Dena Hall, who has served as Baystate Health Foundation’s vice chair for the past two years, has succeeded Jean Deliso as the foundation’s chair. Hall — a graduate of UMass Amherst, the Massachusetts School for Financial Studies, and the National School of Banking and Finance at Fairfield University — is executive vice president, chief Marketing officer for Hometown Financial Group and its banks, bankESB, based in Easthampton, and bankHometown, based in Central Mass. She is also the president of the bankESB Charitable Foundation and a member of the board of trustees for the Springfield Museums and the Springfield Thunderbirds Foundation. A longstanding volunteer for Baystate Noble Hospital, Hall and her husband, Eric, chaired the 2009 Baystate Noble Ball, helping to generate vitally important funds in support of the hospital in Westfield. In her previous role as Western Massachusetts regional president of United Bank and president of the United Bank Foundation, she launched support for the innovative Acute Care for Elders Unit at Baystate Medical Center with a $50,000 grant from the bank. She continues to invite new funders to the hospital to consider supporting this program.

•••••

Ryan Nauman

Ryan Nauman

Country Bank announced that Ryan Nauman joined its Commercial Banking division as vice president of Commercial Lending. Nauman brings 20 years of experience in the industry. His knowledge of business banking comes from his prior commercial-service roles and his passion for partnering with business owners to make their dreams reality. Nauman has held various positions over the years as a credit analyst, portfolio manager, and, most recently, vice president, loan officer with Farmington Bank in the Commercial Real Estate department. He earned a bachelor’s degree in finance from Bryant College. He is a member of the Real Estate Finance Assoc. and the Hartford Community Loan Fund. Nauman is located at the bank’s corporate office in Ware and will assist customers in the Western Mass. and Connecticut areas.

•••••

The Vann Group announced that Patty Stefanelli has joined the organization and will lead its newly launched Performance Improvement Division. This division was created to help organizations in any industry work toward more sustained levels of operational excellence by embracing Lean thinking and continuous improvement. In her role, Stefanelli will be focusing on creating awareness of the benefits of these concepts throughout the Pioneer Valley. Before joining the Vann Group, Stefanelli worked for the city of Springfield in its Information Technology department, and as an independent consultant helping organizations with their operations and IT. She has extensive technical and business knowledge, as well as project-management experience. She has led large, organization-wide initiatives from ERP and time and attendance system implementations to Lean process improvement initiatives, such as streamlining hiring processes or the order fulfillment processes in shipping departments. She has an MBA, Lean Six Sigma Green Belt certification, and TWI Knowledge certification.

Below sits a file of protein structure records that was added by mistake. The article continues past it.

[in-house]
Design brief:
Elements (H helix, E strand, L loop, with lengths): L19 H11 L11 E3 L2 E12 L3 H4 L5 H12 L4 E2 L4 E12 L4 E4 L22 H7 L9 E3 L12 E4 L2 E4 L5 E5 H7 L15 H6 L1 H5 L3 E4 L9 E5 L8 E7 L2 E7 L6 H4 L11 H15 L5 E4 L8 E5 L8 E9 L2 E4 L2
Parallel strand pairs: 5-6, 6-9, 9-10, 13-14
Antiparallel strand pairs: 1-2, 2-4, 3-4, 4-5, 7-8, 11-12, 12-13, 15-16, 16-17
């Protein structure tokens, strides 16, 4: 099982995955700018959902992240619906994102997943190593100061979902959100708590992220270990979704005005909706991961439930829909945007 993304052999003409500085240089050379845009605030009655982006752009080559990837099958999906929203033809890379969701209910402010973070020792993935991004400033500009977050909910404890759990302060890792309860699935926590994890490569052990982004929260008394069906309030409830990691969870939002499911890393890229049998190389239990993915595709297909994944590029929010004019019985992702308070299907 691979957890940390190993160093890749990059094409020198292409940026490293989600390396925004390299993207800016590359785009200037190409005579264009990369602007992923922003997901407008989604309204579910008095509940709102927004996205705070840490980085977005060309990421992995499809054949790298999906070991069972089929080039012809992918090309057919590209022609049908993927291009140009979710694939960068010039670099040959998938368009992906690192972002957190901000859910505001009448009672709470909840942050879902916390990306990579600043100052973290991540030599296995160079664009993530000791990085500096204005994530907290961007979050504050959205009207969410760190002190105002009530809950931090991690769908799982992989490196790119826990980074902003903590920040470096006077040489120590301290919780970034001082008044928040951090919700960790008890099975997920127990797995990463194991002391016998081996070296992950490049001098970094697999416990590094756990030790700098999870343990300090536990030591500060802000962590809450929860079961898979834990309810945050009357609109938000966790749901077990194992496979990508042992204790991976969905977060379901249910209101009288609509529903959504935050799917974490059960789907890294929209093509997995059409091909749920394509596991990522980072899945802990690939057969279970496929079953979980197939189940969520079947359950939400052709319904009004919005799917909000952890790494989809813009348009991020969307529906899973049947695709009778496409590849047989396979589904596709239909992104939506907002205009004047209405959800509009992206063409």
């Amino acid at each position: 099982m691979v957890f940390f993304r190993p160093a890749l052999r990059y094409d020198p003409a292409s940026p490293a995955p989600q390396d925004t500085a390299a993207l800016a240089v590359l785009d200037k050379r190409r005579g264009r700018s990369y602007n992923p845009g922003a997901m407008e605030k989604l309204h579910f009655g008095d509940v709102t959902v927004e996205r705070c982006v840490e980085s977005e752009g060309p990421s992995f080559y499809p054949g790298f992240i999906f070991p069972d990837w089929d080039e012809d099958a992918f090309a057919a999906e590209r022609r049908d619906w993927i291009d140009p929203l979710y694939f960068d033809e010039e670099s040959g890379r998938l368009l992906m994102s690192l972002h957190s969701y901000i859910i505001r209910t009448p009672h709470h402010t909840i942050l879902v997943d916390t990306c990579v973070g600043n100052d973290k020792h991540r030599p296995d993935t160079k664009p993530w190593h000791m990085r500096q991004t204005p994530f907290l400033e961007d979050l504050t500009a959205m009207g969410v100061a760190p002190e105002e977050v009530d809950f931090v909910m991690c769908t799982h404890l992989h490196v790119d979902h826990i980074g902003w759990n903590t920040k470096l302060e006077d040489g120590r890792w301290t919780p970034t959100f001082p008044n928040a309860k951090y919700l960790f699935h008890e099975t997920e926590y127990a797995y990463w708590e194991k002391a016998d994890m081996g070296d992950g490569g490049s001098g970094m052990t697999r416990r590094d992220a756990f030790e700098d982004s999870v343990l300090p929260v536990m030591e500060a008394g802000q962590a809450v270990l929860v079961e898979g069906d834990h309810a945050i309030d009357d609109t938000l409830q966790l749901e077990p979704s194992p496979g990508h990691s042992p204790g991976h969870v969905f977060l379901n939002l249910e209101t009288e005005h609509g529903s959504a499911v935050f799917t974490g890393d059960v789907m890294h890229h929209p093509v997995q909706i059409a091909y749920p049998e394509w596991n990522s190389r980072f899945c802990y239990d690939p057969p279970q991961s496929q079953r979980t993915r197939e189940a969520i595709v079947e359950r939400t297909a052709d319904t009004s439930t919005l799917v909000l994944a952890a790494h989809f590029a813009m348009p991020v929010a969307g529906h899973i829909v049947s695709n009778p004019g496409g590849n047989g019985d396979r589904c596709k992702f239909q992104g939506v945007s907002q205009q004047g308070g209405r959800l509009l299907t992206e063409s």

•••••

Paragus IT CEO Delcie Bean announced the addition of three new board members. On Jan. 1, Nicole Nakashian, Michelle Abdow, and Scott Webster joined Randy Krotowski, Scott Foster, and John Drake on the board of the fast-growing IT firm. Nakashian currently serves as executive vice president at InvestCloud Inc. She helped launch Agio, an IT managed-service provider, and was responsible for building a client-centric progressive culture in addition to growing and managing the operations. Abdow is founder and president of Market Mentors, LLC, a full-service marketing agency located in Western Mass. that provides a variety of services, including advertising, branding, media buying, graphic design, public relations, broadcast production, and event planning. Webster is currently head of WW Operations for Amazon Experts. He brings a versatile mix of financial, technical, and business expertise. He is passionate about driving innovation, strategic change, and operational efficiency across dynamic, internet-based businesses.

 

Daily News

SPRINGFIELD — Dena Hall, who has served as Baystate Health Foundation’s vice chair for the past two years, has succeeded Jean Deliso as the foundation’s chair.

“Jean has left an indelible stamp on the foundation over the past two years, and we are incredibly proud of all that we’ve achieved together under her leadership,” said Scott Berg, vice president of Philanthropy for Baystate Health and executive director of Baystate Health Foundation. “We are grateful for the gift of Jean’s talents and thrilled that she will be passing the baton to someone as accomplished and committed as Dena.”

Hall — a graduate of UMass Amherst, the Massachusetts School for Financial Studies, and the National School of Banking and Finance at Fairfield University — is executive vice president, chief Marketing officer for Hometown Financial Group and its banks, bankESB, based in Easthampton, and bankHometown, based in Central Mass. She is also the president of the bankESB Charitable Foundation and a member of the board of trustees for the Springfield Museums and the Springfield Thunderbirds Foundation.